Defiant and cash-strapped parents in Leeds say they will ignore a new ‘zero tolerance’ crackdown on term-time family holidays - despite threats of stricter cash fines by the city’s education bosses.
Figures obtained by the YEP show that almost 140 parents in Leeds have already been issued with penalty fines between January and July this year for taking their children on holiday without authorisation from their school.
Those fines were issued before new, tougher legislation came into force this month, restricting a headteacher’s previous powers to grant 10 days’ discretionary leave.
There were 250,000 school sessions missed in Leeds’s primary, secondary and special schools because of unauthorised absences last year.
Of those absences, 163,000 – 65 per cent – were because of family holidays.
News of the crackdown has prompted a furious backlash, with many Leeds parents saying they would rather pay the £60 fines, because they are still cheaper than taking their children away during school holidays.
A headteachers’ union said schools are “sympathetic”, but stressed: “You can’t put a price on your child’s education”.
However one unrepentant mother of two told the YEP: “It makes economic sense”.
The mum, who asked not to be named, said the subject had been dominating conversation at the school gates, with many parents insisting they will still go away during school time due to “extortionate holiday costs” at other times. She added: “My neighbours, who both have jobs and have four children, have just gone to Spain for a week, but the £120 fine, which is £60 for each parent, is nothing compared to the £1,000 plus they have saved, by going a day after schools went back.”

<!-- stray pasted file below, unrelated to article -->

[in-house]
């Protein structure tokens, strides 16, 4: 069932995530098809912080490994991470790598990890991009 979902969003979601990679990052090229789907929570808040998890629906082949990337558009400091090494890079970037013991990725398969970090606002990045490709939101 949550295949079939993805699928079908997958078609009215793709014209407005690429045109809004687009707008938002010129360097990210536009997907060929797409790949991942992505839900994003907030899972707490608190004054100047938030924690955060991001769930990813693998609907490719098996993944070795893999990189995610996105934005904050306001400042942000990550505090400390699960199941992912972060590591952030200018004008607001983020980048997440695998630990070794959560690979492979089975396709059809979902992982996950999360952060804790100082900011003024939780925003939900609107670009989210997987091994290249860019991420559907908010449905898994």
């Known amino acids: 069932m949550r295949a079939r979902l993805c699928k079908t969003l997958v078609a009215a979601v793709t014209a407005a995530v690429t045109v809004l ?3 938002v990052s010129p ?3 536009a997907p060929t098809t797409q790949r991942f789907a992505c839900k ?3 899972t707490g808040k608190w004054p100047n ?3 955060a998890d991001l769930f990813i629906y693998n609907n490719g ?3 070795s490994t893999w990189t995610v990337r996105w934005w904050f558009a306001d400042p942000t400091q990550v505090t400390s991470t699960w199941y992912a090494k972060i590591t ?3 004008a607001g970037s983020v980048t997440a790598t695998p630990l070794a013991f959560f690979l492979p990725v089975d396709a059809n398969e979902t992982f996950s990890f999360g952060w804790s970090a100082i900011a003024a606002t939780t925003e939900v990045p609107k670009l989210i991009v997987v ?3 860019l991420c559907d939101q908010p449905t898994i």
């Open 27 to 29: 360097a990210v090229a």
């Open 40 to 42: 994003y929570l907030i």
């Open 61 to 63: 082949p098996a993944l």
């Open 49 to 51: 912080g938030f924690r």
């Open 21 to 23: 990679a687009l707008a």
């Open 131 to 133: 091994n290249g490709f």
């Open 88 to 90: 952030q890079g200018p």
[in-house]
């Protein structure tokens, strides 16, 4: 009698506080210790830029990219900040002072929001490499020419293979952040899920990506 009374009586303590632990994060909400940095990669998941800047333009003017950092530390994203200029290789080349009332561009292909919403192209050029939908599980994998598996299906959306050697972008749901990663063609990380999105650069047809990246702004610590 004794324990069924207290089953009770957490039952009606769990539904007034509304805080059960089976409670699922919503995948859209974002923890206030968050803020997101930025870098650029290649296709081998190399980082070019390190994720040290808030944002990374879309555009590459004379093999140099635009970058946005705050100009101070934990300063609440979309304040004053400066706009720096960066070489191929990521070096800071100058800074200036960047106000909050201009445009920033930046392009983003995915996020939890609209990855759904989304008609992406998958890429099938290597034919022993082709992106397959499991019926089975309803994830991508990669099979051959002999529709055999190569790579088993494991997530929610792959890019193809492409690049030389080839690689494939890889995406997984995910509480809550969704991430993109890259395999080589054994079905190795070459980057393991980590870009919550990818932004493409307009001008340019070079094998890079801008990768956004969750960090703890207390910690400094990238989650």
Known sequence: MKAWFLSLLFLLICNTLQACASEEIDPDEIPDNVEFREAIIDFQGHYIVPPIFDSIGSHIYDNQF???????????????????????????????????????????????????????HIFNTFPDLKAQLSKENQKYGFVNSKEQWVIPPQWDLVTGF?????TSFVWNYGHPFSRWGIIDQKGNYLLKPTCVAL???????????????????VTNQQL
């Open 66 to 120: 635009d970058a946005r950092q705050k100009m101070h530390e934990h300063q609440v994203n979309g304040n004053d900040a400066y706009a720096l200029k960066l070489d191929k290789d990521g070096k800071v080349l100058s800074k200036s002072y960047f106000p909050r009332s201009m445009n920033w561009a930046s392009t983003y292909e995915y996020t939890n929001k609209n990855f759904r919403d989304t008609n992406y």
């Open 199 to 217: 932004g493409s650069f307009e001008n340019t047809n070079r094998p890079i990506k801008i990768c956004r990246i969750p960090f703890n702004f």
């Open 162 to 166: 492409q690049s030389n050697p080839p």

Councillor Judith Blake, executive board member for children’s services in Leeds said: “We have always encouraged parents to think twice before booking holidays during term time.
“Whilst being sympathetic to parents, the importance of good attendance at school cannot be underestimated.”
Leeds already has a fines system in place for persistent unauthorised absences, but enforcement will now be stricter. For a penalty notice to be requested, a child must have been absent from school for five days in the same term or period of 12 weeks. Parents that are fined will also have less time to pay. The fines will be £60 per child per parent if paid within 21 days, £120 if paid before 28 days. Non-payers could be prosecuted.
Holidays are fine, but school must come first: See Education, page 26.